Class Proceedings: Alivia Kaplan – The Source
Alivia Kaplan has a vision of the world that sets her apart from others. Growing up, his family moved 19 times, exposing him to different cultures early on.
“I think moving has definitely made me very adaptable,” said Kaplan, who hopes to earn a bachelor’s degree in economics and strategy in May from Washington University’s Olin Business School in St. Louis. “When moving is sort of an expectation, you get used to adapting quickly to the environment you’re in.”
She also has a connection to Saint-Louis. It is her father’s hometown and her grandmother is a former WashU student. Kaplan heard about Olin’s offers through a high school counselor.
Kaplan’s adaptability allows him to work with people around the world with his global consulting firm, Kuleana Consulting. She founded the company in June 2020, after serving as Program Manager for the Small Business Task Force at Olin.
During this time, she has seen several students lose internships due to the COVID-19 pandemic. In response, she created her company to connect students with businesses and nonprofits around the world.
“It was a really global experience, because I wanted to make it something where people could work with other people from different cultures,” Kaplan said. “I think it’s something you don’t get much of in college unless you go out of your way to find it.”
She credits one of her mentors, Glenn MacDonald, John M. Olin Professor Emeritus of Economics and Strategy, for creating consulting learning opportunities for her.
“Alivia is an outstanding graduate who has developed significant business skills and instincts, as well as a remarkable ability to organize and get things done. Kuleana is just one in a series of related success stories,” MacDonald said. “She is level-headed and straightforward, seeks to learn from everything she touches, and is a really kind and caring person. Working with her has been energizing and an inspiring learning experience.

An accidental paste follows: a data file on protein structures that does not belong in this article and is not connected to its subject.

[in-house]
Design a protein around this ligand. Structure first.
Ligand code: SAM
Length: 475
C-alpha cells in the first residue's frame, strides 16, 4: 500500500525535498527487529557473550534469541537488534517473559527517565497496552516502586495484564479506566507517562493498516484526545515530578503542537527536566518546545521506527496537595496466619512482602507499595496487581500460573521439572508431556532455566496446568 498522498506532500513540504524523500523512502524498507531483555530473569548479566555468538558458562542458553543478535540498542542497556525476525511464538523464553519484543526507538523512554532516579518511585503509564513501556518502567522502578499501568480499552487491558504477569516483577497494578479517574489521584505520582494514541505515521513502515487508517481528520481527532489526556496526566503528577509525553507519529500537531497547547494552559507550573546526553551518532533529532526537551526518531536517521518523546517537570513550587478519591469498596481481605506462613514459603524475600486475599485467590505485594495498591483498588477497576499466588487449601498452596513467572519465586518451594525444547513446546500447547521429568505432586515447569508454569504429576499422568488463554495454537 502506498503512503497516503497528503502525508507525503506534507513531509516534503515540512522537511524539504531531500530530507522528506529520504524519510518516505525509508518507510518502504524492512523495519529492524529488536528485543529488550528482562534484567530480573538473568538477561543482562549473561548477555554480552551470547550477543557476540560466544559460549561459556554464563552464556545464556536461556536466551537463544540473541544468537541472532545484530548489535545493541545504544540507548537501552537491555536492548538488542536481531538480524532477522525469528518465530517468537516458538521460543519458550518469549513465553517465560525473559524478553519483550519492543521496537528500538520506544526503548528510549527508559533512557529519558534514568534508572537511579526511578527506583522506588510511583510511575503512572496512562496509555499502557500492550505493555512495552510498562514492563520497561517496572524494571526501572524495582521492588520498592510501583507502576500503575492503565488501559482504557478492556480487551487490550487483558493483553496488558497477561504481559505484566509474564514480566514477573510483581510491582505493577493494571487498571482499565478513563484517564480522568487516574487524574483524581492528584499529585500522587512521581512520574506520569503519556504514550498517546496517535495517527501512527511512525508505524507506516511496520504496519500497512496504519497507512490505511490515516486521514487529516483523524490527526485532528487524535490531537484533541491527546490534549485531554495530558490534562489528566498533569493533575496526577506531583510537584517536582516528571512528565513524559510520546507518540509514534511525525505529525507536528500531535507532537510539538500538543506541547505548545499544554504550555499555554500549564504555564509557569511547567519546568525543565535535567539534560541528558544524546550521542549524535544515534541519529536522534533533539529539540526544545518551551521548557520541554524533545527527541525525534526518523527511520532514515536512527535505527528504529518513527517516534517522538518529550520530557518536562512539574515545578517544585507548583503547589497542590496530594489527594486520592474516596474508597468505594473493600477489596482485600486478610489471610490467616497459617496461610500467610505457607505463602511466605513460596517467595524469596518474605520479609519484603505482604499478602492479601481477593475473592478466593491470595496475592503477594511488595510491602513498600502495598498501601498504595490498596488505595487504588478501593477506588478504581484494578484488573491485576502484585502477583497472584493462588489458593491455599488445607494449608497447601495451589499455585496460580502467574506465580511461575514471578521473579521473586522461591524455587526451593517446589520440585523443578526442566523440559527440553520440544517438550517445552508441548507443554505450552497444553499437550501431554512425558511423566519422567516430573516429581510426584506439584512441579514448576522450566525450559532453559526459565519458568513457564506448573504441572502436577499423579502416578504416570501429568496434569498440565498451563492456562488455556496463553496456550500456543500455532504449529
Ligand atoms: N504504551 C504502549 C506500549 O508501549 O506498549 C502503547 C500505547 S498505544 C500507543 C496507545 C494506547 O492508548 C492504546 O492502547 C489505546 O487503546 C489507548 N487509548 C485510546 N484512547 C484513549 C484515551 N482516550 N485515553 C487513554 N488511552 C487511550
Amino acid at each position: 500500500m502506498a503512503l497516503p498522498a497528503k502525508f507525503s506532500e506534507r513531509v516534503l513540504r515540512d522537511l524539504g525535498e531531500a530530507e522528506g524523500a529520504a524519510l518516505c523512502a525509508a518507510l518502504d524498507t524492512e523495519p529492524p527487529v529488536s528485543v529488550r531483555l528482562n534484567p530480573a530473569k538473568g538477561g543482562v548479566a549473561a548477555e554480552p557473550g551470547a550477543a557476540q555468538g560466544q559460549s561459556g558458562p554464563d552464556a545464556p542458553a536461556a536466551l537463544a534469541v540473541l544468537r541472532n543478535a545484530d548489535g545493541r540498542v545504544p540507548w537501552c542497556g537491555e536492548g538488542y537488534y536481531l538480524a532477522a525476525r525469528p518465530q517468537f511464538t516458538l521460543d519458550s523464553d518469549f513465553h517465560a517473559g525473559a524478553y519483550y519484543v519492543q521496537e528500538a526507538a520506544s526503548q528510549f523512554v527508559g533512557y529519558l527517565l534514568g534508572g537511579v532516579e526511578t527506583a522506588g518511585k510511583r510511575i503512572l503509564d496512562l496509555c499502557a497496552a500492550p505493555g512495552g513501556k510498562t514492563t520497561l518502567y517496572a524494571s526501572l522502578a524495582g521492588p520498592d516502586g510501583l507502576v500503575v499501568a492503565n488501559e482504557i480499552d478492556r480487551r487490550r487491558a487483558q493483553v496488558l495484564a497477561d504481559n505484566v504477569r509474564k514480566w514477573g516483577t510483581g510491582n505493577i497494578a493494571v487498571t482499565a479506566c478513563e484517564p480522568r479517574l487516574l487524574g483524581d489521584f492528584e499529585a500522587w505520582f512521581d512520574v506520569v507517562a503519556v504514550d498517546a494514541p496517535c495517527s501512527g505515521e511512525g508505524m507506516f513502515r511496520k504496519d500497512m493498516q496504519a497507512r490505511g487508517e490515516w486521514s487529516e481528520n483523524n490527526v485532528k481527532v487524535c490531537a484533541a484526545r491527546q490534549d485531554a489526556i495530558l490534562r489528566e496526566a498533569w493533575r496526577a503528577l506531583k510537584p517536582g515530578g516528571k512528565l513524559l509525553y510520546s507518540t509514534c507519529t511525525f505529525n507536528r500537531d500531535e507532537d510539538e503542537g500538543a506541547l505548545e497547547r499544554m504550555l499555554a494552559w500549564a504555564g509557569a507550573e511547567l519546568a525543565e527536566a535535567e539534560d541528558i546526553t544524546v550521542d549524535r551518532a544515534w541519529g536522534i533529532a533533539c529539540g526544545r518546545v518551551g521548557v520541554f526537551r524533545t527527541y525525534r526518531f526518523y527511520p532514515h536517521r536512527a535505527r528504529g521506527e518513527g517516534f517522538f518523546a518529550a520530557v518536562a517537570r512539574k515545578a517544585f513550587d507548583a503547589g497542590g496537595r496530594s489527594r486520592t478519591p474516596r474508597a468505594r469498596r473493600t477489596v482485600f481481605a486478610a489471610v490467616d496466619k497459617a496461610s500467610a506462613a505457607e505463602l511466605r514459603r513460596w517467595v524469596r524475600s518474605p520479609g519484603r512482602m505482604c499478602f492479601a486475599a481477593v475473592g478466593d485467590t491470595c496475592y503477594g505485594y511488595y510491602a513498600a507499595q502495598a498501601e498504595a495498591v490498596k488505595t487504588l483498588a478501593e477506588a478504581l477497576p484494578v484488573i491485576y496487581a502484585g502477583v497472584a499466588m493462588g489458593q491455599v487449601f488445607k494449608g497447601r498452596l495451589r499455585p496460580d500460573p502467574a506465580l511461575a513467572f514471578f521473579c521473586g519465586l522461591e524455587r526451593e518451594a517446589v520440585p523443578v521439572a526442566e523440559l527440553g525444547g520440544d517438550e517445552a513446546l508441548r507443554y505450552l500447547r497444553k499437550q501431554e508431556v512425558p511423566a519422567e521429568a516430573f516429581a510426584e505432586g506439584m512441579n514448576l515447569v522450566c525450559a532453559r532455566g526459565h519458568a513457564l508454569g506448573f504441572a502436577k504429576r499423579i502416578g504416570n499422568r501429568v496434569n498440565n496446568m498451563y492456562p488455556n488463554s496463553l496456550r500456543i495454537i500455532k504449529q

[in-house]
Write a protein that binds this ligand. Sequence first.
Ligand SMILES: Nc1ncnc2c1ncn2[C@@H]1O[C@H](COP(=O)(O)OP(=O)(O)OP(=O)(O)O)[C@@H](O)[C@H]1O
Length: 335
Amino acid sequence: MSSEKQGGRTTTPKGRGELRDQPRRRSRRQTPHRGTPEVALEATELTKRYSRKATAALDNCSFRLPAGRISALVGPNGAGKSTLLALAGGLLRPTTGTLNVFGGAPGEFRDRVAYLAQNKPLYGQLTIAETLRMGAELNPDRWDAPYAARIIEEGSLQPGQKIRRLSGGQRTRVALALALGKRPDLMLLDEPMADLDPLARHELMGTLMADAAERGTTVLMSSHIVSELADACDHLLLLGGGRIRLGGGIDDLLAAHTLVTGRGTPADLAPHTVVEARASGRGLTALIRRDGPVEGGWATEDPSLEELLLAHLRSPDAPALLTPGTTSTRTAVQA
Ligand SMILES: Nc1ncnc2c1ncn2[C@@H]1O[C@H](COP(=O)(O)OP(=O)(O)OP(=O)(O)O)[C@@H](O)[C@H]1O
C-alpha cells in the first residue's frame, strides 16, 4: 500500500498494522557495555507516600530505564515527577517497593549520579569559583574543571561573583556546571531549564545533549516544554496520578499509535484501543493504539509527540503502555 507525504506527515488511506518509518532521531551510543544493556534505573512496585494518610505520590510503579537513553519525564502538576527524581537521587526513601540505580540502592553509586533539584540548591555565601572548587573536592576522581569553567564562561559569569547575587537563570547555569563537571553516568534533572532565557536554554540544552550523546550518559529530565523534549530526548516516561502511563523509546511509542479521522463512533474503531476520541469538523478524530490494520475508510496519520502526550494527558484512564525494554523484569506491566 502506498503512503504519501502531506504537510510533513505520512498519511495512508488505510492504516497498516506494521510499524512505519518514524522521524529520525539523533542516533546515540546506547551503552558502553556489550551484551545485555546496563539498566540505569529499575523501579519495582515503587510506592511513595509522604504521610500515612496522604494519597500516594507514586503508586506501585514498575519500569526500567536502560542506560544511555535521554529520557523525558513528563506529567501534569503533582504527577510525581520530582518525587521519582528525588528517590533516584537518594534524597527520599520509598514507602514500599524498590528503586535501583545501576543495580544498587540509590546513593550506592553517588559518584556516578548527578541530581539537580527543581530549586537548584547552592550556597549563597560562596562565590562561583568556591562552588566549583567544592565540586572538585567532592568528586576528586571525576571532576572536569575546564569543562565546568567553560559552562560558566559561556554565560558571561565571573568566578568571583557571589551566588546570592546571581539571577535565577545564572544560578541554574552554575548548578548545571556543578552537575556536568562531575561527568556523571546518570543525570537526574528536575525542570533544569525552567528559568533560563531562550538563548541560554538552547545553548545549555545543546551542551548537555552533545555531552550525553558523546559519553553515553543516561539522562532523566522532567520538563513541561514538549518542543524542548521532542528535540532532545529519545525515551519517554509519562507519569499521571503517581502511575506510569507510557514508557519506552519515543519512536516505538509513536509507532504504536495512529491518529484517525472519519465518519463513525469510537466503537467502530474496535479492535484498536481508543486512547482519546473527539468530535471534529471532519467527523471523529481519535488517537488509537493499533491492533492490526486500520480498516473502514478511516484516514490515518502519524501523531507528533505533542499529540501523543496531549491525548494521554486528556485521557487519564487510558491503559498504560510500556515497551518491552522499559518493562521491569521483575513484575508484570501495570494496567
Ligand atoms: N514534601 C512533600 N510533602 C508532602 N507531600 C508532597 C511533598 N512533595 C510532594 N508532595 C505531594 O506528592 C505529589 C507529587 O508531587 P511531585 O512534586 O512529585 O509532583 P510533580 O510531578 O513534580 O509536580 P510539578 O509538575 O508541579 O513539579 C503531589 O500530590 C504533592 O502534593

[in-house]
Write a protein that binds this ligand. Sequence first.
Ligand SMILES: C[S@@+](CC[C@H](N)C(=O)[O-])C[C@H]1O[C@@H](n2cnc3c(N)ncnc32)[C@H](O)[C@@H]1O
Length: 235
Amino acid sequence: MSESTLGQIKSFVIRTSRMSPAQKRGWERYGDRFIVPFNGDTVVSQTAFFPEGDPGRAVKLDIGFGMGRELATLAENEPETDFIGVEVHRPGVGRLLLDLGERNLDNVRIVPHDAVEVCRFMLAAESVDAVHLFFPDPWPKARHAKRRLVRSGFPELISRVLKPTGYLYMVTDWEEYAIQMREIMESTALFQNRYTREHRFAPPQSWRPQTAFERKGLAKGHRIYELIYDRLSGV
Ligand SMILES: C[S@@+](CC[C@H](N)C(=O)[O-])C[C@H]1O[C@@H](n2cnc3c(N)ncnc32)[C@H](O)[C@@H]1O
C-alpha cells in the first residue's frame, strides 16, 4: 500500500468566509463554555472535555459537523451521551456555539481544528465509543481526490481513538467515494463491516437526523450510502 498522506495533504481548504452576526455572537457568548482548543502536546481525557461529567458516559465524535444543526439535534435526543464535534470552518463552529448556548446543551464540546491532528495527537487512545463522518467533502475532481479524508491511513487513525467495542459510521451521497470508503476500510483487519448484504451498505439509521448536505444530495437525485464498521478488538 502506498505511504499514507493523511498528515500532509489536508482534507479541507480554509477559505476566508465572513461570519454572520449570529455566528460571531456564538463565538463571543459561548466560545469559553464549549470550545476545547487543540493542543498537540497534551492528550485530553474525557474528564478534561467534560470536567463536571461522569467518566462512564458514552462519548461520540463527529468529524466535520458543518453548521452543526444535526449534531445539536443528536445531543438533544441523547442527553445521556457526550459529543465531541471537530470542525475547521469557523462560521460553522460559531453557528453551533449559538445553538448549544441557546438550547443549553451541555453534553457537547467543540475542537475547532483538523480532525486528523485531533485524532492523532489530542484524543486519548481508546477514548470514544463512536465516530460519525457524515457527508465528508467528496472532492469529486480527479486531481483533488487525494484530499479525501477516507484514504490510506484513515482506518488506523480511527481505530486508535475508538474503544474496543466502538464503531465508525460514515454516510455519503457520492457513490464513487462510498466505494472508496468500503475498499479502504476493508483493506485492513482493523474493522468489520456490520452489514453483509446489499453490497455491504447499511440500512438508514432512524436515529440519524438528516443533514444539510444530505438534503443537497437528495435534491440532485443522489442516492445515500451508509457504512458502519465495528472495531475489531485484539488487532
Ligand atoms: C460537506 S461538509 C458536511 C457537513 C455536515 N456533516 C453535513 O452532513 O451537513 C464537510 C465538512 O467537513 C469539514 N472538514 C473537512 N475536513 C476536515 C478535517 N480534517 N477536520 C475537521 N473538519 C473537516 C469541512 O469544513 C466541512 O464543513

His interest in social impact began early in his high school years. Kaplan’s mother took her to Mexico City, where her good friend’s mother runs a school for children amidst an intense environment. Many children seek to escape the cycle of poverty.
“From that point on, I was always really passionate about impacting people’s lives, so I started a nonprofit in high school to bring more of that into my own community.”
Kaplan is now focused on creating a fellowship program to bring business and policy makers together to address the future of sustainability. After graduating, she plans to work as an assistant to the CEO at a real estate private equity firm in Los Angeles. Ultimately, she wants to build more businesses in real estate and impact investing.
Her success can be attributed to the fact that she approaches life thinking that she should never be the smartest person in the room.
“I think what really defined my experience at WashU and elsewhere was how resourceful the mentors I have in my life were and shaped my journey,” she said. “Being open to learning is the main reason I was able to grow.”